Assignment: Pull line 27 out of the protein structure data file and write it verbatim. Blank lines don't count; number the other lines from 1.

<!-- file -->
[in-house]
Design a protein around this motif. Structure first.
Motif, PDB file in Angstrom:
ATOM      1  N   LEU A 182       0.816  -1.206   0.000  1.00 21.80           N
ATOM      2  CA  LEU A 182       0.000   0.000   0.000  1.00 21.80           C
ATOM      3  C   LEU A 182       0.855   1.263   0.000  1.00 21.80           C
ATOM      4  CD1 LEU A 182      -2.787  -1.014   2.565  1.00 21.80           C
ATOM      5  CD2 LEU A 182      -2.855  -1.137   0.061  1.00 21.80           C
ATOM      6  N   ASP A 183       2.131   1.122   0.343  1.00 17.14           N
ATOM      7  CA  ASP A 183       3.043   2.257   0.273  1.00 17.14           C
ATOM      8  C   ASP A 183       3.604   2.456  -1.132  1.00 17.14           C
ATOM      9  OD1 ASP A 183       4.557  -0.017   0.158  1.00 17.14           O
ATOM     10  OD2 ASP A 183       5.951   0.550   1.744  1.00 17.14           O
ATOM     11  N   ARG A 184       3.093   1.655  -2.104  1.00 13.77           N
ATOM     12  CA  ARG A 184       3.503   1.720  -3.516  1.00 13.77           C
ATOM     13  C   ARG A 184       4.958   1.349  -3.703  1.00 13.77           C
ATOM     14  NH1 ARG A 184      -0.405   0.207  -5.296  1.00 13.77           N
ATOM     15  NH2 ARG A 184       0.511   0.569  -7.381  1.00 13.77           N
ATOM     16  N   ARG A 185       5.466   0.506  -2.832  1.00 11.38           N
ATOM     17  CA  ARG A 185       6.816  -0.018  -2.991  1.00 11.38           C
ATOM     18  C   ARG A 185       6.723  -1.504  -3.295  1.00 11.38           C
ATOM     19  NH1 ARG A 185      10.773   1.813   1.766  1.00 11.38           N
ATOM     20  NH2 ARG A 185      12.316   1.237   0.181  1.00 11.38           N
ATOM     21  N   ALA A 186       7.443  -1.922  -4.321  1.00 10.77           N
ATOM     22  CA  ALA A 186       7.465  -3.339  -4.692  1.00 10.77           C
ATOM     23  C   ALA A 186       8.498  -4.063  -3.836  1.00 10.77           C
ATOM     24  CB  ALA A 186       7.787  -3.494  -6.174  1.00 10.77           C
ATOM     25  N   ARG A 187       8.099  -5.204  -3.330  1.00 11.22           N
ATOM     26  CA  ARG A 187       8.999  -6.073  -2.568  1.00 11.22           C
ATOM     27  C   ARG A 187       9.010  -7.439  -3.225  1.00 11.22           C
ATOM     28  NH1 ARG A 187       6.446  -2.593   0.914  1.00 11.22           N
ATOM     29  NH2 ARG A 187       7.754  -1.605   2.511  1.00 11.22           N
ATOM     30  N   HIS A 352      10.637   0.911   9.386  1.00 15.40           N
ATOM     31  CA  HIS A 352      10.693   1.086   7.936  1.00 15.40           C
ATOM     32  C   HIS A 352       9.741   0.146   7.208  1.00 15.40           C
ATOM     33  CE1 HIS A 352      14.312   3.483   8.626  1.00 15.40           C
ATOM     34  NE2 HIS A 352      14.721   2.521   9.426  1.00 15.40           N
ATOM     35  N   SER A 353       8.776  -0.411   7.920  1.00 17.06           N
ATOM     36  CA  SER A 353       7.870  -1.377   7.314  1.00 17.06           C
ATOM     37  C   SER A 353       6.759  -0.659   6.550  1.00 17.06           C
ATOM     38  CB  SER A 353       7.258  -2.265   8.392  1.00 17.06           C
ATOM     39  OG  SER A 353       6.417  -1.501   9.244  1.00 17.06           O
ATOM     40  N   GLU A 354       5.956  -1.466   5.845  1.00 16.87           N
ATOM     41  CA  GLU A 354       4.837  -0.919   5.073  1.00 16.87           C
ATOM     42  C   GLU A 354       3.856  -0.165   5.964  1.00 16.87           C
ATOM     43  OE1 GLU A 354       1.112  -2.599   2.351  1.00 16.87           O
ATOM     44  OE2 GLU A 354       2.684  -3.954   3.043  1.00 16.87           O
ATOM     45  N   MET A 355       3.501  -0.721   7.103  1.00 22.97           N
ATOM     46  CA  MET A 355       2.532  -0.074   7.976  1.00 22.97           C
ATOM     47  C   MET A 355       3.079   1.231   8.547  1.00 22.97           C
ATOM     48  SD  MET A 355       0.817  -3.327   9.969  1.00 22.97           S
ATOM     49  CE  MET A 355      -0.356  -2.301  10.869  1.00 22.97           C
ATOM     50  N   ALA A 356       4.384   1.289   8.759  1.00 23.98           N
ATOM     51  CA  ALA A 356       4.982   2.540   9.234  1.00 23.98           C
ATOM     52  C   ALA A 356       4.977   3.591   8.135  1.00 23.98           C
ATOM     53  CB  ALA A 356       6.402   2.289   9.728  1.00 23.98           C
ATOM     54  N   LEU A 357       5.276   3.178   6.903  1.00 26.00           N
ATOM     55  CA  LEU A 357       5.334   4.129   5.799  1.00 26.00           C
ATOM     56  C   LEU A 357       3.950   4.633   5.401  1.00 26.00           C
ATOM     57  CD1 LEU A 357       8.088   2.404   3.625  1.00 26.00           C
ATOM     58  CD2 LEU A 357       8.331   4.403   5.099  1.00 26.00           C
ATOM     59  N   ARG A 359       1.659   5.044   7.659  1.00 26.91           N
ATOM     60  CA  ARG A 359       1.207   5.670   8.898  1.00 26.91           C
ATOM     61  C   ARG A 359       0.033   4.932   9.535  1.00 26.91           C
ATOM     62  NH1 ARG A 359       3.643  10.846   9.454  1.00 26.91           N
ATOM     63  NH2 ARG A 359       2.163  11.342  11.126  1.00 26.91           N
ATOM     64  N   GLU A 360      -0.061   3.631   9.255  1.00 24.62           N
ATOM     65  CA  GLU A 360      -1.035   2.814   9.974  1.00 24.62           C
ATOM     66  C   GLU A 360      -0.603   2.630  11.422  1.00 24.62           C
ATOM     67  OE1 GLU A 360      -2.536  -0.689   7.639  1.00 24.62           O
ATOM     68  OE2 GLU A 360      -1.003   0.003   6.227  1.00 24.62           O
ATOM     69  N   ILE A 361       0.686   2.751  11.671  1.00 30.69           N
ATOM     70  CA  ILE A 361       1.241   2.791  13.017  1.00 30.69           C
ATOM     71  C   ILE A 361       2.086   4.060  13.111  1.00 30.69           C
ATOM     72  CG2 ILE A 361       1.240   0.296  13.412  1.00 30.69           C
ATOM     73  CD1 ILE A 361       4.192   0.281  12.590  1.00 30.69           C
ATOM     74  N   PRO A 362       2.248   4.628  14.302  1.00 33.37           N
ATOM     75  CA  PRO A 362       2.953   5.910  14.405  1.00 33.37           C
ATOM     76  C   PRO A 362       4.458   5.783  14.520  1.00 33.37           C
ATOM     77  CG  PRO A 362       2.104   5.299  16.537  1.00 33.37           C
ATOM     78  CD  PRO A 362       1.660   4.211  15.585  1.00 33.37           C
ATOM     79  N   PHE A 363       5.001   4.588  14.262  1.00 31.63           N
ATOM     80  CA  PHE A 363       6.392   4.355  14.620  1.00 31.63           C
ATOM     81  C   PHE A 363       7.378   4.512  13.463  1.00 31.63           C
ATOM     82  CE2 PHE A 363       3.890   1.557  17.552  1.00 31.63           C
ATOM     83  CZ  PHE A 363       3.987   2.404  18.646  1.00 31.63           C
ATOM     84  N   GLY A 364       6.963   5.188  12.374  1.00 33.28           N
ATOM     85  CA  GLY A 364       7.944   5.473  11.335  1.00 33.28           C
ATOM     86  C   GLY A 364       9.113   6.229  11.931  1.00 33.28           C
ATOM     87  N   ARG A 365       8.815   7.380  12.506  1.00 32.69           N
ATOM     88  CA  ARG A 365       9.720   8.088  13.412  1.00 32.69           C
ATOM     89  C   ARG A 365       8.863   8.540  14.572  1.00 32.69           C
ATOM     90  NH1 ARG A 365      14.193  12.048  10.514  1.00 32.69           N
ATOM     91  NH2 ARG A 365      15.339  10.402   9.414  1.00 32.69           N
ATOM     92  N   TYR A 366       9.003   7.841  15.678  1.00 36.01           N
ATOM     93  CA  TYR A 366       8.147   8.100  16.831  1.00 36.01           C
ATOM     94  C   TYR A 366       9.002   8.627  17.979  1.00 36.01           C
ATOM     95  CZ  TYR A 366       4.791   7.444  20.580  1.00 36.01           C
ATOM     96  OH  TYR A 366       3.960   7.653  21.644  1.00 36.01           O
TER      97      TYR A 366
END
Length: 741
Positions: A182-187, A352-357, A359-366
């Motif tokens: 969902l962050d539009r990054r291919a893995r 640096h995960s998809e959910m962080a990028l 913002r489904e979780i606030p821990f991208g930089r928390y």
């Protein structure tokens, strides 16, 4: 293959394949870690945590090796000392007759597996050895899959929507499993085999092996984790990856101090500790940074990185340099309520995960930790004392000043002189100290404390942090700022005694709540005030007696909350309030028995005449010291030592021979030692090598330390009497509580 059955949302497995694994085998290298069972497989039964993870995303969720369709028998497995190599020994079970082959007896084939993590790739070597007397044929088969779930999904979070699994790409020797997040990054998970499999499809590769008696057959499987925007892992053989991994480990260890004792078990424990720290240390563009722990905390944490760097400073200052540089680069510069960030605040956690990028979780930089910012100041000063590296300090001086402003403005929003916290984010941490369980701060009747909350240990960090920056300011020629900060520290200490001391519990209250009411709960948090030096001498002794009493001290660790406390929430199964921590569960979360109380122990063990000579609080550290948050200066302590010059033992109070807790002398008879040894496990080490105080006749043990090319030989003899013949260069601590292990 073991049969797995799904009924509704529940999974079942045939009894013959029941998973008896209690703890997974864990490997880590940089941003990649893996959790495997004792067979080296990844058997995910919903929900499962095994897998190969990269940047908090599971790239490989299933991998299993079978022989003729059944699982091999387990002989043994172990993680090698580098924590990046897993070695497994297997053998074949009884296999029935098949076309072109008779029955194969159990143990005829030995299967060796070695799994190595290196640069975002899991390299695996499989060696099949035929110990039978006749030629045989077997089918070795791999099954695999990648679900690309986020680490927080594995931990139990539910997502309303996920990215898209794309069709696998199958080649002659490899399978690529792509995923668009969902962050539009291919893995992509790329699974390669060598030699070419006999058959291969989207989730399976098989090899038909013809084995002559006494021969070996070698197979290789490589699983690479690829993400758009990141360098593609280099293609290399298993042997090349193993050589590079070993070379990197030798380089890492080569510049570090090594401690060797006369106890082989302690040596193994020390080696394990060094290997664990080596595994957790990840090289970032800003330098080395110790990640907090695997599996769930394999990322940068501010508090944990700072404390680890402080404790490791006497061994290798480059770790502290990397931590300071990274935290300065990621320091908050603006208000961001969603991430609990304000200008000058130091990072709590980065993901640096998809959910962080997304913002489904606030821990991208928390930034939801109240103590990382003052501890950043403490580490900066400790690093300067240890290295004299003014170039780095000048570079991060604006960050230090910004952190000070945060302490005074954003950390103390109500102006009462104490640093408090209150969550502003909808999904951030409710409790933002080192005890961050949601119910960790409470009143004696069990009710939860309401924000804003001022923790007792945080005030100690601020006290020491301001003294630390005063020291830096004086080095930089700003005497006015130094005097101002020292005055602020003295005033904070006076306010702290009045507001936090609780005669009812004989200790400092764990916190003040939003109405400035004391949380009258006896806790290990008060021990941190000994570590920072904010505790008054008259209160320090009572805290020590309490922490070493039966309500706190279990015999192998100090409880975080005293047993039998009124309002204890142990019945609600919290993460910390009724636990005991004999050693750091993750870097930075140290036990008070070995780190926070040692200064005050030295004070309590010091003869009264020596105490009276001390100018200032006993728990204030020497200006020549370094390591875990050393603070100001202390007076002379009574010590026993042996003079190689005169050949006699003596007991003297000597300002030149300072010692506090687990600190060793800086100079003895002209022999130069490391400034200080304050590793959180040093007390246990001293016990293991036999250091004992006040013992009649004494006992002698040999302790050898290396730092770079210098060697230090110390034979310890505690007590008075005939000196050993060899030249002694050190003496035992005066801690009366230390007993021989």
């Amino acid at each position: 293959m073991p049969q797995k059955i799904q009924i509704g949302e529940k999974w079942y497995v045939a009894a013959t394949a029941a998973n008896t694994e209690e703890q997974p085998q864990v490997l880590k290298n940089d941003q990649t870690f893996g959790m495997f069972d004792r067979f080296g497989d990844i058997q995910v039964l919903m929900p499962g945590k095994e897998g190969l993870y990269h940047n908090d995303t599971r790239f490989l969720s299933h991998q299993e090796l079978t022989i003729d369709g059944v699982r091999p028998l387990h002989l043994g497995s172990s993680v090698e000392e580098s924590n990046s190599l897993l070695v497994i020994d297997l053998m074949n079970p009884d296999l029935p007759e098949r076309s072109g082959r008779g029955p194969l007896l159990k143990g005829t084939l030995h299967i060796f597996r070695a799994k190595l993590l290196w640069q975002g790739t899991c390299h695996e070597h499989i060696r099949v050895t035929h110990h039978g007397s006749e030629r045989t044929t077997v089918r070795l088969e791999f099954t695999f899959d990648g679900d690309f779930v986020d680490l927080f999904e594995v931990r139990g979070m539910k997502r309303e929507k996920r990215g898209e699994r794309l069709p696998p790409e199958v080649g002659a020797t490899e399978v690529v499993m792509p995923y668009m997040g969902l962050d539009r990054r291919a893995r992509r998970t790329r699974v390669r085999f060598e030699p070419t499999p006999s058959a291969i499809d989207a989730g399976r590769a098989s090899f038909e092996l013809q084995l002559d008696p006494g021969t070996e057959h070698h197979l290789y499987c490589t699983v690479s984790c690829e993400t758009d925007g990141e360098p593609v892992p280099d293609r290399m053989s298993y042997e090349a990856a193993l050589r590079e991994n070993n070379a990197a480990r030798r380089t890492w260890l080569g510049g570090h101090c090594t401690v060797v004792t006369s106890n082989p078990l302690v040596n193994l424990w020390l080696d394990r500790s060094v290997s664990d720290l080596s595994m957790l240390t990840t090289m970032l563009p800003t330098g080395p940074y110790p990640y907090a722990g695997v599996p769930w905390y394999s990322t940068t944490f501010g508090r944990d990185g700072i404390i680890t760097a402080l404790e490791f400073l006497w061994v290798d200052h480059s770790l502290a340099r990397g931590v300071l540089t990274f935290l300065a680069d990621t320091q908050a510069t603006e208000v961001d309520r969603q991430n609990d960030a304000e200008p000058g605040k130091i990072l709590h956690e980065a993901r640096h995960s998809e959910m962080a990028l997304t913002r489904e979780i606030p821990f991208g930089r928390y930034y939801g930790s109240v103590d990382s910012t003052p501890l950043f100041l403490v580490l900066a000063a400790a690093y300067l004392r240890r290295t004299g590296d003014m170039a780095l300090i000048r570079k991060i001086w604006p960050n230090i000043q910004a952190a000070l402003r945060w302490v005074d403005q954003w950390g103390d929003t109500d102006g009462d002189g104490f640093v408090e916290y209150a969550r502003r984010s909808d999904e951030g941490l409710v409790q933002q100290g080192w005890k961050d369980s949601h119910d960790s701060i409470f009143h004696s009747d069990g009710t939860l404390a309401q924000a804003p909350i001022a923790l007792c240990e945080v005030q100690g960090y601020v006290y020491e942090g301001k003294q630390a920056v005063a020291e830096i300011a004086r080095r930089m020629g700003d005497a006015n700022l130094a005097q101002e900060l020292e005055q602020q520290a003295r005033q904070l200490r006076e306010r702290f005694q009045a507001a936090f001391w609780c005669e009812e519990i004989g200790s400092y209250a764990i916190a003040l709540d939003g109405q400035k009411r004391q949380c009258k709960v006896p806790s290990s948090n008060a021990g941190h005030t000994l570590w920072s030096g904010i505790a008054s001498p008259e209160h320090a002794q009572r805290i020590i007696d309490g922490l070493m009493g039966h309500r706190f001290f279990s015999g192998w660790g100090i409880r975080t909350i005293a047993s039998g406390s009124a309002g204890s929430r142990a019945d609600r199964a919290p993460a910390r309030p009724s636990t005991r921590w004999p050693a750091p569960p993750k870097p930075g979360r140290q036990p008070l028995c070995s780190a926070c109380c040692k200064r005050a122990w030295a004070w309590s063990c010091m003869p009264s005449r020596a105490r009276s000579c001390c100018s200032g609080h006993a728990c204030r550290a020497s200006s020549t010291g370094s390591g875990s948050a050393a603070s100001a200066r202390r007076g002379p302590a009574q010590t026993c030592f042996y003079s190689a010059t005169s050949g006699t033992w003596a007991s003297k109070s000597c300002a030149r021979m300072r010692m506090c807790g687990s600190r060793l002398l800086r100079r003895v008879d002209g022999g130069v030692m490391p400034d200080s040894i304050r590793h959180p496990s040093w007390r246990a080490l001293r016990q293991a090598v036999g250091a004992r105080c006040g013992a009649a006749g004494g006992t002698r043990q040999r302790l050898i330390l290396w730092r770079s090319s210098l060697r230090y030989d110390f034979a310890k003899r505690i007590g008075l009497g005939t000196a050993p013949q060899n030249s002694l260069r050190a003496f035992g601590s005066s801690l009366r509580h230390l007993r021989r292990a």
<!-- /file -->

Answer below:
ATOM     24  CB  ALA A 186       7.787  -3.494  -6.174  1.00 10.77           C